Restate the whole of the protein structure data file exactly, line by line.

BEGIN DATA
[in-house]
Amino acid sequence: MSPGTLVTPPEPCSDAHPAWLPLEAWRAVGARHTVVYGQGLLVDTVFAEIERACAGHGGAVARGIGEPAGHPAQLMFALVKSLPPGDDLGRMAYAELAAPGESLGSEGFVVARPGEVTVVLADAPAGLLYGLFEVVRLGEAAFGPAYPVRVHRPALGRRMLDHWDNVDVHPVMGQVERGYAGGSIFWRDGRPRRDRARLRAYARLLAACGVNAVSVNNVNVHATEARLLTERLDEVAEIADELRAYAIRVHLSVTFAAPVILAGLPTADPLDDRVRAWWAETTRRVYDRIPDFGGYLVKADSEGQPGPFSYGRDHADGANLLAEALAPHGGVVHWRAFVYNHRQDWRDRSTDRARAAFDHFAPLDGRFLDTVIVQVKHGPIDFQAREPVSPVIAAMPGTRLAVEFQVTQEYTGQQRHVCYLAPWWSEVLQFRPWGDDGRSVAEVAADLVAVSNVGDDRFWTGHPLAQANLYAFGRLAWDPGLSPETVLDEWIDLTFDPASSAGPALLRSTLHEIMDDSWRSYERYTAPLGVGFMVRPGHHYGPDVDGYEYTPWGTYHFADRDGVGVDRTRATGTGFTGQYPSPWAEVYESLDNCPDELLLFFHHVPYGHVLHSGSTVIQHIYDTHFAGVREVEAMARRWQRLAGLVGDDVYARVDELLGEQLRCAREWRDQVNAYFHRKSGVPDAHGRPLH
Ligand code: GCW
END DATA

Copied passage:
[in-house]
Amino acid sequence: MSPGTLVTPPEPCSDAHPAWLPLEAWRAVGARHTVVYGQGLLVDTVFAEIERACAGHGGAVARGIGEPAGHPAQLMFALVKSLPPGDDLGRMAYAELAAPGESLGSEGFVVARPGEVTVVLADAPAGLLYGLFEVVRLGEAAFGPAYPVRVHRPALGRRMLDHWDNVDVHPVMGQVERGYAGGSIFWRDGRPRRDRARLRAYARLLAACGVNAVSVNNVNVHATEARLLTERLDEVAEIADELRAYAIRVHLSVTFAAPVILAGLPTADPLDDRVRAWWAETTRRVYDRIPDFGGYLVKADSEGQPGPFSYGRDHADGANLLAEALAPHGGVVHWRAFVYNHRQDWRDRSTDRARAAFDHFAPLDGRFLDTVIVQVKHGPIDFQAREPVSPVIAAMPGTRLAVEFQVTQEYTGQQRHVCYLAPWWSEVLQFRPWGDDGRSVAEVAADLVAVSNVGDDRFWTGHPLAQANLYAFGRLAWDPGLSPETVLDEWIDLTFDPASSAGPALLRSTLHEIMDDSWRSYERYTAPLGVGFMVRPGHHYGPDVDGYEYTPWGTYHFADRDGVGVDRTRATGTGFTGQYPSPWAEVYESLDNCPDELLLFFHHVPYGHVLHSGSTVIQHIYDTHFAGVREVEAMARRWQRLAGLVGDDVYARVDELLGEQLRCAREWRDQVNAYFHRKSGVPDAHGRPLH
Ligand code: GCW